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Digital Voice Recorders
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I’m seeking recommendations for an inexpensive but good-quality digital audio recorder for taping at least a half-day presentation, with easy transfer and editing on a computer.
(Note that this question was also addressed in 2005 and 2003.)
— David Lee
I use an Olympus DS-20. It’s stereo which I didn’t need. It’s works great. I slip it into my pocket. I use a Radio Shack lav mic which works fine. That mic is only about $30 so it’s not outstanding, but totally fine for public seminar production. When I do the editing, I use the freeware program Audacity, which is easy to use, even for a non-techie. To convert the .WMA files that the Olympus makes into MP3s which you can then edit, I use MP3RM converter, which is a shareware program. I highly recommend the Olympus or whatever mono version they have now.
— George Silverman
I use the Olympus DS-30. The 40 and 50 have even more memory. I get about 20 hours of very high-quality recording. Then, I plug it into the USB port, and it shows up as a separate drive, from which I can drag the recordings. It has four different audio quality settings. Even the lowest quality is excellent.
I use Olympus digital voice recorder WS-100 with about 17 hrs taping on it. I then put it up on a site and pay around $100 to get it transcribed if I need as a document.
— Joanne Factor
I’ve been using an Olympus WS-110 with a lapel mic. So far very reliable and works well. The specs say it can hold 17 hours of recording (but have extra AAA batteries on hand). Files easily transfer onto my computer. Haven’t yet tried to edit them, though.
— Bill Conerly
I’m using an old Olympus DM-1; very happy with it, though there’s probably new product with more features out now. I use the audio from the Olympus (and a Radio Shack powered lapel mike); combined with my PowerPoint slides.
— John Putzier
The Olympus line of DVRs are small, lightweight, huge recording capacity (up to 20 hrs) and easy to use. I have been extremely happy with the Olympus DM-1, until last year when bought a new computer which runs the notoriously evil Vista operating system it’s not compatible with Vista. Olympus does have a patch that they sent me by mail, absolutely free, after much effort.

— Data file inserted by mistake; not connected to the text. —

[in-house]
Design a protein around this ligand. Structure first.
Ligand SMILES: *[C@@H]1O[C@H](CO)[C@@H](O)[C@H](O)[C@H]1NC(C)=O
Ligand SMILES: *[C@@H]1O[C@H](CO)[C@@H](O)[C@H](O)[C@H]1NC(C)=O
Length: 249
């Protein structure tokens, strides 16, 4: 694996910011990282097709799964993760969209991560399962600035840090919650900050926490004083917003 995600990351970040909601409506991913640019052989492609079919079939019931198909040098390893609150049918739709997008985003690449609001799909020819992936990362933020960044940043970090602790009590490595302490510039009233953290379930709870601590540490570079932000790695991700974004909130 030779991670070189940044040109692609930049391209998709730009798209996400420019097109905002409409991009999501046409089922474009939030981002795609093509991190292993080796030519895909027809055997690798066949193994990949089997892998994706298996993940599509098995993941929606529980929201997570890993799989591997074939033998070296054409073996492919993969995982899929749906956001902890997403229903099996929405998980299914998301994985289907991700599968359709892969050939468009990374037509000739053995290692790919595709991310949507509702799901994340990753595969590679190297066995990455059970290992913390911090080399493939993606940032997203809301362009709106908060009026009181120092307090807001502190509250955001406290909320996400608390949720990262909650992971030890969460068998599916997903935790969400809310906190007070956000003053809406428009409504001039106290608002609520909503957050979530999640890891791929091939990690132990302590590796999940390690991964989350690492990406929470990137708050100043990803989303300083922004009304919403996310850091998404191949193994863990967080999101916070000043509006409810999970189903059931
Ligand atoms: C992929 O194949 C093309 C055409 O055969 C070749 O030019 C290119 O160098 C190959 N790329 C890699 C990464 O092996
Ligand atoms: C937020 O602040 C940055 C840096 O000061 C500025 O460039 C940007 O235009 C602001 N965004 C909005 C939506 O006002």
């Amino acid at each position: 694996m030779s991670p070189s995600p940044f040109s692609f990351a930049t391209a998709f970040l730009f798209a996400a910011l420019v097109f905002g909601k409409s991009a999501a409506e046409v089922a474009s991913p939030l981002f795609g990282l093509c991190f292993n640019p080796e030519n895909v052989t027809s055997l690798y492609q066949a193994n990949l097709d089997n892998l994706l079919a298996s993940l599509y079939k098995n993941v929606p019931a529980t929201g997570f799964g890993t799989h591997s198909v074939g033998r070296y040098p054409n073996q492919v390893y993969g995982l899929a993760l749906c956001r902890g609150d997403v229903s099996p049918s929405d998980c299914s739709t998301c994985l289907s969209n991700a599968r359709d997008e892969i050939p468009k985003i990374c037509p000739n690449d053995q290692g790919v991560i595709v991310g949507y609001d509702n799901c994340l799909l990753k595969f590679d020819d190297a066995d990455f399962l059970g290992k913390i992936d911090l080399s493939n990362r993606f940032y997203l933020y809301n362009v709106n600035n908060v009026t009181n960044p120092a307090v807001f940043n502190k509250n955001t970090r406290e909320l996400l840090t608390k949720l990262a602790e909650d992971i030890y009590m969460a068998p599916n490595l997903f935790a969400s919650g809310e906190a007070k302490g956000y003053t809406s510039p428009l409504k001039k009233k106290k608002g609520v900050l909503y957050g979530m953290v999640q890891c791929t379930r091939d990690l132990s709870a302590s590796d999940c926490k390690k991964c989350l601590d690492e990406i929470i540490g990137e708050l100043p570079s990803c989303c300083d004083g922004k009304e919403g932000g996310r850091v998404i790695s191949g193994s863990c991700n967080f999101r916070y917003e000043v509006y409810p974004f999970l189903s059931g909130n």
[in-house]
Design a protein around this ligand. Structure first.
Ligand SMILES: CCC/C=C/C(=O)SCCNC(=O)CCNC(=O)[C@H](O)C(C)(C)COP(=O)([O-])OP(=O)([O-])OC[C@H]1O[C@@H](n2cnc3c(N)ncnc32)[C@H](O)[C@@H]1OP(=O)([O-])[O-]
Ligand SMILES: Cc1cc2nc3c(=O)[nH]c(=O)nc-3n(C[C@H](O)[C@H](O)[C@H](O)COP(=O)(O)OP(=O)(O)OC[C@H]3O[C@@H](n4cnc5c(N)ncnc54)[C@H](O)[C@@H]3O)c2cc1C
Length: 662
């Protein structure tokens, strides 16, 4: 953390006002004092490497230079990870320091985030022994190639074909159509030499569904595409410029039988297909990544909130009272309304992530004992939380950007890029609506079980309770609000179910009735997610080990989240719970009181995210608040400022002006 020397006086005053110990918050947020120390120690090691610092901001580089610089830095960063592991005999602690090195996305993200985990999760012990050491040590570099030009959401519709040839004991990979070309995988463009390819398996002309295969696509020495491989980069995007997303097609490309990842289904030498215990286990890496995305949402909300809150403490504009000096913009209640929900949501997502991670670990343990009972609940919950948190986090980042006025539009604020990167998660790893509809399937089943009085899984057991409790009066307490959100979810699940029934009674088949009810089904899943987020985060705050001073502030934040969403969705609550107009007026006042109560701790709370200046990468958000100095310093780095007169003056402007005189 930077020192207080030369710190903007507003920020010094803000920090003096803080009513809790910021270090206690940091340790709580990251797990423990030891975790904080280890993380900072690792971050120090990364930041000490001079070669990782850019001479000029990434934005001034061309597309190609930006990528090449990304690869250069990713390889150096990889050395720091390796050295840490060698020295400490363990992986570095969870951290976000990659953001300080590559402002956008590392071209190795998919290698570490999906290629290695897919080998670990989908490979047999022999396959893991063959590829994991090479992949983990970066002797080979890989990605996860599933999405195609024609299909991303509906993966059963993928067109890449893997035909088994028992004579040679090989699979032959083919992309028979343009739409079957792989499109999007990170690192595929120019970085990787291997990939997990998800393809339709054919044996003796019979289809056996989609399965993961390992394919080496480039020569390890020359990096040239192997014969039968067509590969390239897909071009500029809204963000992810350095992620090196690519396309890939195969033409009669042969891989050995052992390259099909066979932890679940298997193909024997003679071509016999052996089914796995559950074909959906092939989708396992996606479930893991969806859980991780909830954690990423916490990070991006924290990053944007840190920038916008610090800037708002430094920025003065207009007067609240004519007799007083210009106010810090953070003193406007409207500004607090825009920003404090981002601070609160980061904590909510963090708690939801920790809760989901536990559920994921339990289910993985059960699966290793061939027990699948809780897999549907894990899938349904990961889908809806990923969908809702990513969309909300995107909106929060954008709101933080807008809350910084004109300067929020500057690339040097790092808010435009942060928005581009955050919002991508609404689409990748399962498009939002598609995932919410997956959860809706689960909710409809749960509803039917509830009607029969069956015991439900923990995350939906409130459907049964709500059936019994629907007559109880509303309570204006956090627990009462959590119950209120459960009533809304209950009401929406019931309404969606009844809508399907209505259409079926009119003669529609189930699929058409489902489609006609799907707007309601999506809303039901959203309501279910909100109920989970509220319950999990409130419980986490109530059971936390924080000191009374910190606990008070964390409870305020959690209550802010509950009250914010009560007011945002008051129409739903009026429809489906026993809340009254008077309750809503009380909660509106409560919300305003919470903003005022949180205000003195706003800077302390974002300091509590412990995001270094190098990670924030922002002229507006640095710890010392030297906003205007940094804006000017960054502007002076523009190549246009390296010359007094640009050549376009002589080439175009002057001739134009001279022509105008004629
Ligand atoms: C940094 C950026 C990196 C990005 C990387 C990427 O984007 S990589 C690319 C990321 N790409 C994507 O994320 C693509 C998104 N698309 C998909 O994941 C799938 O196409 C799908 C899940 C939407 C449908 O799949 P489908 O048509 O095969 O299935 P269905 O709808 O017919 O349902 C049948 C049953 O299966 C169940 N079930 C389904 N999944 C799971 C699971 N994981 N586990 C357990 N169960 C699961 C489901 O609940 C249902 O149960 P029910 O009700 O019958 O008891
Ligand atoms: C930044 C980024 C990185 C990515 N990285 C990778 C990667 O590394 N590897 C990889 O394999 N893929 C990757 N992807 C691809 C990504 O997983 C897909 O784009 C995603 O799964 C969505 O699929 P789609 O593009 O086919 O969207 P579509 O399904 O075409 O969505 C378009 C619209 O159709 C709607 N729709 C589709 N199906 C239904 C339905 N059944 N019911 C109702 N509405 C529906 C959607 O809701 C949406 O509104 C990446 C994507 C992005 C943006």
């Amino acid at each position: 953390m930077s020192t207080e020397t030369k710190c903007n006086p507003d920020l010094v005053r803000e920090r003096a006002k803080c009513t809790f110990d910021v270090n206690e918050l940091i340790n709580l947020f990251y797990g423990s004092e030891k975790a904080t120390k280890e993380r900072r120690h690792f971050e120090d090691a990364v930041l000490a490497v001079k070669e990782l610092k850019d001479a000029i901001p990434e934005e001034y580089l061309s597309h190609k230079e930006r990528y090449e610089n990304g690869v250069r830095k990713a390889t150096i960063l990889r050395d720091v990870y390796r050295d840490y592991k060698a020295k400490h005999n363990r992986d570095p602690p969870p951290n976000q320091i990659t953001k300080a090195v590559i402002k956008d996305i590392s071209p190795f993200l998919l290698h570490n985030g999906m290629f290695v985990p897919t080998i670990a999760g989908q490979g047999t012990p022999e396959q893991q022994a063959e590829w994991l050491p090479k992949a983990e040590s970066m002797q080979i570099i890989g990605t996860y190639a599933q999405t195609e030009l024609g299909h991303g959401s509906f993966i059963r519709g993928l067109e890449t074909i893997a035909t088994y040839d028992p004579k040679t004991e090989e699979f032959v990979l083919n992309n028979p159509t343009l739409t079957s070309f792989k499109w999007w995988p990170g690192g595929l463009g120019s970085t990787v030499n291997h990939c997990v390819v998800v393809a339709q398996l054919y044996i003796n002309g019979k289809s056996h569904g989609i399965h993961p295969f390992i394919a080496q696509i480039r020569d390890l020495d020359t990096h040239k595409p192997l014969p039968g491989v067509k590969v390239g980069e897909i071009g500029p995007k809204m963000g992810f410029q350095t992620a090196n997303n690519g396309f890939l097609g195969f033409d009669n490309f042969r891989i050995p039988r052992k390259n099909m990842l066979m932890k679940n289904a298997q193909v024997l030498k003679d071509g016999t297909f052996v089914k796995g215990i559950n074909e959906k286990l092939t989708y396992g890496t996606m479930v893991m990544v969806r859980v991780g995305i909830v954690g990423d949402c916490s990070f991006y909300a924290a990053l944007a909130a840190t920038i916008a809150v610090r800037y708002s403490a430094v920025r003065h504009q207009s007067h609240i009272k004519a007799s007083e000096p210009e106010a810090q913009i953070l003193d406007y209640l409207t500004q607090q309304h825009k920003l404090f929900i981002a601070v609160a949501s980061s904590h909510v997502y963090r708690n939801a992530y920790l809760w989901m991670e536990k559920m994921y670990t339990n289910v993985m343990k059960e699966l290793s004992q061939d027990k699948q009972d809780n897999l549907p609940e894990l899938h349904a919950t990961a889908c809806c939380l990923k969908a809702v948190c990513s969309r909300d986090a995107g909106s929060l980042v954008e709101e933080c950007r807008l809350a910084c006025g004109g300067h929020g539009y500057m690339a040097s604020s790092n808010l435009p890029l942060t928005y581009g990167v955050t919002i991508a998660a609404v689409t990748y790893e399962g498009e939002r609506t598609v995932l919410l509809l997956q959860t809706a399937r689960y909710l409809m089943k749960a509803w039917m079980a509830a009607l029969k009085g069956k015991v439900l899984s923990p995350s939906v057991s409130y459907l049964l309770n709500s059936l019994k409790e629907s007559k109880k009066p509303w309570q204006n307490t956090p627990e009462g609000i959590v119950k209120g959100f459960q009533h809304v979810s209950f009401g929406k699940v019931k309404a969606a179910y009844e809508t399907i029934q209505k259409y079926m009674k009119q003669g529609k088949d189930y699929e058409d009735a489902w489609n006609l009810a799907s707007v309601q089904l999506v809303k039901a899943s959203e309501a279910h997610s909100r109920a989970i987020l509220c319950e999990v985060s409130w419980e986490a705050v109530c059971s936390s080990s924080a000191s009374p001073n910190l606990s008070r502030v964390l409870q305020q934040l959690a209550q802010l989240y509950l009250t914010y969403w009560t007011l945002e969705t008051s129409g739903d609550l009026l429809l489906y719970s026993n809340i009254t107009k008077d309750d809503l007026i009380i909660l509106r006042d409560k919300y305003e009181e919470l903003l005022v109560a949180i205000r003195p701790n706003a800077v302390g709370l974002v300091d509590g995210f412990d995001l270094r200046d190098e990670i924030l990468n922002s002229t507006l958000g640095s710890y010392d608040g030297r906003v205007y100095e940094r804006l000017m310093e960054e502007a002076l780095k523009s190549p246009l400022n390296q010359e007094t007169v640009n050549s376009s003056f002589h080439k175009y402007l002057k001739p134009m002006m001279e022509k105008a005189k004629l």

— Jeff Korhan
If you are considering the Olympus DM-20, be aware that it will revert from English language to Japanese if it sits around without being used for a few months. Olympus is aware of this peculiar behavior but charges you to fix it. Having owned the device for several years, I finally got around to sending it in to take care of this. Unfortunately, there is a charge of $95 to give it a “hard boot” according to the technician. Since it works fine otherwise, I elected to have it sent back and I’ll just have to find another brand. The logic of the buttons is not intuitive at all and the “self-directed, non-reversible language adjustment” is simply unacceptable.
— Lisa Braithwaite
I use the Olympus WS-300M, selling for under $100. I bought a clip-on lapel mic to go with it. It’s easy to use, and the USB plug is built into the device; just pull off the battery compartment of the recorder and there it is!
— Jim Bouchard
I use a Sony ICD-P520 digital recorder priced at around $60. It will record about 130 hours, buy about 40 hours at it’s highest quality setting. Most of these have a mic input jack. I generally take one output from my wireless mic receiver and feed the recorder with it, the other going to the PA. If you’re not using a PA, almost any lavalier mic will work. Most of these units come packaged with a USB cable and some software to transfer, organize and even edit your audio files. Just be sure to buy one marked “USB.” The USB is fast, easy, and doesn’t cost that much more.
— Blaine Rada
I recently purchased a Sony IC Recorder (ICD-P520) that I’m very pleased with. The price was right and the ease of use and functionality seem good. I recently recorded a half-day presentation, downloaded it on to my computer and converted the audio to an MP3 file to put on my iPod to listen to while driving. Much better sound quality than listening through the device itself.
— Tom Terrific
I love the Edirol R-09. Not “inexpensive,” but one of the best tech investments I have made. It uses SD cards, which are easy to slip into a reader and instantly download to my hard drive. I can get many many hours of workshop voice recording on a 2 gig card. Two rechargeable AA batteries last a long time, too. It comes with a cord and transformer, too. You can also perform some editing and track functions in the machine as you go. It has built-in stereo mics, which work if I am in the field (pyramids) and want to drop it in my shirt pocket, but I usually use a lavaliere mic. It will fit in a large pocket and does a great job. I also found a small Sony mic and stand, better quality, that I will be using for more professional home studio type recording.
I use an older iRiver FP-795 with a lavaliere mic. Make sure you set the audio input to “manual” not “auto.” I get good quality audio from that setup.
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